In fact, the percentage of college graduates in a city's population explains almost 60% of a city's economic success, as measured by per capita income. And the financial dividends that result from even small improvements in performance are impressive.If Milwaukee, for instance, could boost its college attainment rate in the metro area by just one percentage point, it would put an additional $1.2 billion in personal income into its metro economy. In fact, if the rest of the nation's top 51 metro areas could do the same, it would be worth an additional $124 billion in personal income every year. Call that America's Talent Dividend.
There's a problem with this policy narrative. The concentration of talent can be washed out by the overall demography. I'm on board with the link between educational attainment and personal income. But I would quibble with the measure of talent. We could and should do better.
Bill Testa (Federal Reserve Bank of Chicago) pointed out an interesting conundrum. Looking at Midwestern metro areas from 1969-2006, four cities are remarkable for their lack of employment growth: Buffalo, Cleveland, Detroit, and Pittsburgh. Three of those cities are also remarkable for their lack of real per capita income growth.
The exception is Pittsburgh. In fact, Pittsburgh out-paces every Midwestern city. The reason is the improvement in educational attainment. But much of that gets lost in the aggregate numbers in terms of Pittsburgh's relative position in the present.
The key is the dramatic rise in educational attainment. The changes show up in the younger age cohorts. I contend that this set the stage for the exodus of the early 1980s, when the Pittsburgh region aged rapidly due to outmigration of young adults. Pittsburgh exported much of the local brain gain and those left behind tended to have nothing more than a high school education.
More recently (~ last 25 years) the exodus collapsed. Domestic migration from Pittsburgh is often among the lowest in the country. Of course, the news highlights the shrinking population and celebrities such as Richard Florida try to explain why young people are fleeing this Rust Belt city for cool places such as Austin.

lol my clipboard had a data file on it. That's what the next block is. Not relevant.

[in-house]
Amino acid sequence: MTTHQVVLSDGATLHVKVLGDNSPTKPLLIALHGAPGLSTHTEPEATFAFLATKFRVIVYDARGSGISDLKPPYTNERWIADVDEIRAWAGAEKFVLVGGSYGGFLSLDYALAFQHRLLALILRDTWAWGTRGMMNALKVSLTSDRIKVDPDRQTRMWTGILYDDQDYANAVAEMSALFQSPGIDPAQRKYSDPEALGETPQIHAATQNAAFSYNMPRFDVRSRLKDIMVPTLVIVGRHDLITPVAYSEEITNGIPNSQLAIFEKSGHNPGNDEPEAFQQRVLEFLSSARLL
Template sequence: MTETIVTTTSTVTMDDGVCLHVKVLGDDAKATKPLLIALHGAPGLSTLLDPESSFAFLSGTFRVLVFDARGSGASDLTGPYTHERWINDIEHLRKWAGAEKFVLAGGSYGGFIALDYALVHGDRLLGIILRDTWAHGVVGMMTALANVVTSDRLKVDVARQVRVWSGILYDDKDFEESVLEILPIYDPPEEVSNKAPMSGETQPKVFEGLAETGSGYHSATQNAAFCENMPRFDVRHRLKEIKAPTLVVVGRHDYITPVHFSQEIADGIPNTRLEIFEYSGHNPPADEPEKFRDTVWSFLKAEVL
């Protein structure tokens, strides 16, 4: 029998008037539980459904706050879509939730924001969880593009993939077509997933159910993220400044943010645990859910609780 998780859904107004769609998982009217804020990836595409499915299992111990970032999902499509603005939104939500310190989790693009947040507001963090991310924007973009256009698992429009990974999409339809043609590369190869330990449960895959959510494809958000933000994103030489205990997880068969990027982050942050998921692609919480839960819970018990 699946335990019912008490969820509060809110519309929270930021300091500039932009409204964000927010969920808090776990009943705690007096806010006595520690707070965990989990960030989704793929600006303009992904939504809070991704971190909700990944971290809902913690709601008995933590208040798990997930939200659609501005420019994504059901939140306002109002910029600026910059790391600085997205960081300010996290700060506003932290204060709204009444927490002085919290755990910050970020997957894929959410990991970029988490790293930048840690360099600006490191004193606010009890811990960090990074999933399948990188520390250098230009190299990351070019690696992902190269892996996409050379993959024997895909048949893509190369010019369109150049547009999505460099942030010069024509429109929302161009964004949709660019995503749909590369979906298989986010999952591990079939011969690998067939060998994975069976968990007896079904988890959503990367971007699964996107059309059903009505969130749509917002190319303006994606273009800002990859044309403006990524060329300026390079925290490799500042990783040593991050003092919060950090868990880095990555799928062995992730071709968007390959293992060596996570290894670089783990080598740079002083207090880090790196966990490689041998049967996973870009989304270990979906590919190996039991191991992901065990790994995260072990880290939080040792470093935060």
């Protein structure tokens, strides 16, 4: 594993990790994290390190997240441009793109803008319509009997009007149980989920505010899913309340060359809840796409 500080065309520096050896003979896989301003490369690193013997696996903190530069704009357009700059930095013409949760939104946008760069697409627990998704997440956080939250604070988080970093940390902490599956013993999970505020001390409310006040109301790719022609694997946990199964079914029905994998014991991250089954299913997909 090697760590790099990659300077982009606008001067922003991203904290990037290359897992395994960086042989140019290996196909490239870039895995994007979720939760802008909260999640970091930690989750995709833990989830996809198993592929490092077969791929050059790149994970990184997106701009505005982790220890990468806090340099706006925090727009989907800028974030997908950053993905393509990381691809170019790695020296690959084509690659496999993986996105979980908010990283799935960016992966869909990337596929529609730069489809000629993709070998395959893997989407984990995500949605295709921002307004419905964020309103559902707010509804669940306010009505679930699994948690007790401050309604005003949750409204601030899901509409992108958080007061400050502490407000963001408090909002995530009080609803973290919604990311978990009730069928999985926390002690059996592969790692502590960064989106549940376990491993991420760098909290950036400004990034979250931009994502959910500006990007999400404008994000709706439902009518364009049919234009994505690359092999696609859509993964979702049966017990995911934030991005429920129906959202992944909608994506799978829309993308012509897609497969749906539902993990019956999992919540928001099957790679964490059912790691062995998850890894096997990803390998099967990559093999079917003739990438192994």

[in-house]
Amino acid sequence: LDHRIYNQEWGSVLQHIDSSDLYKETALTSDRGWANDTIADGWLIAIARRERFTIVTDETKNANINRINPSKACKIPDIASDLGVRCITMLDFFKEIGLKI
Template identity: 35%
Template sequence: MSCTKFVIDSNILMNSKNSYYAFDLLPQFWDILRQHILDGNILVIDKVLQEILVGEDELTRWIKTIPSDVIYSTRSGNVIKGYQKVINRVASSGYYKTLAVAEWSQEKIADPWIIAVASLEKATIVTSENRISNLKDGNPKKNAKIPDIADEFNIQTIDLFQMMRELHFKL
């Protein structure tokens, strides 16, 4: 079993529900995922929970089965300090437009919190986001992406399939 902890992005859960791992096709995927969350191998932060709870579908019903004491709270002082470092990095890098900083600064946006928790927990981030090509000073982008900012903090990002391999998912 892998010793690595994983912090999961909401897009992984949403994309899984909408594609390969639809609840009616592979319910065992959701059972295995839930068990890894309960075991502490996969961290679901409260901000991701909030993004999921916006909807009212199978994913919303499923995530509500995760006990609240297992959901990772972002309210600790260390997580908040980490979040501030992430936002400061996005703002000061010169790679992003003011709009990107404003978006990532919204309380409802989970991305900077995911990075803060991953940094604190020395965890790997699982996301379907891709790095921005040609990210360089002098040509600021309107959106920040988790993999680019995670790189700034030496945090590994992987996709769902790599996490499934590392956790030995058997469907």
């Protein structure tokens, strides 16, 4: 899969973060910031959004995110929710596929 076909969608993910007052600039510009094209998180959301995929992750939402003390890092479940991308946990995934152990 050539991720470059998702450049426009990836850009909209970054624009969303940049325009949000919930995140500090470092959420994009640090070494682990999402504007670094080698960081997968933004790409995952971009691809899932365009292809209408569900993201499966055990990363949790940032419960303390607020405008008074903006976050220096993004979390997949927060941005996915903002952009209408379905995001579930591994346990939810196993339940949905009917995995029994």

All the while, the brain gain continued. Now we have the numbers to prove it:
How does Pittsburgh’s level of educational attainment compare to other regions in the country? Workers aged 25-34 in the Pittsburgh region who had obtained a bachelor’s degree or higher in 2009 ranked fifth among the 40 largest MSAs, following Boston, San Francisco, Washington, D.C., and Austin (see figure 2). Conversely, Pittsburgh ranked lowest in terms of the proportion of the labor force with less than a high school degree or equivalent (see figure 3). In 2009, only 2.2 percent of workers aged 25–34 in the Pittsburgh region had less than a high school degree or equivalent.Finally, how does the Pittsburgh region fare compared to other places in the nation in regard to workers with a graduate or professional degree? In 2009, 21.5 percent of workers aged 25–34 in the Pittsburgh region possessed a graduate or professional degree, virtually tied with the Washington, D.C., metropolitan region. Pittsburgh and Washington, D.C., along with Boston, were the only regions in the country to have at least 20 percent of workers in this age range with advanced degrees (see figure 4).
You can look at Pittsburgh's (along with US averages) educational attainment (bachelor's degree or higher) by age cohort here. For 65+, Pittsburgh is way behind. The numbers improve relative to the rest of the United States as the cohorts get younger. For 25-34, Pittsburgh towers over the nation. Only Boston, Washington, San Francisco, and Austin have a greater concentration of brains.
As you can read above, Pittsburgh is #1 for concentration of graduate or professional degrees among the youngest workers. The chart is worth a look because there are more surprises to be found. Both Cleveland and Detroit score well.
Pittsburgh has achieved these gains without the benefit of strong inmigration. The region did it the hard way by educating its resident population. That should tell you something about the quality of the schools and the commitment to the Talent Dividend. I can't imagine there is a better workforce development story anywhere in the United States.
In November 2004, the Bureau of Labor Statistics estimated that there were over 1,300 civilian nuclear engineers employed in the Pittsburgh region. That represented over 8.4 percent of all nuclear engineers in the U.S., one of the highest concentrations in the country and one of the highest concentrations among engineering occupations in Pittsburgh.
Ironically, Pittsburgh has to import most of this well-educated talent. It would be interesting to see how many local workers left the area for Penn State only to return when finished with their degree. There's a strong demand for such highly skilled people, but that's not part of the common image of Pittsburgh. That may be changing.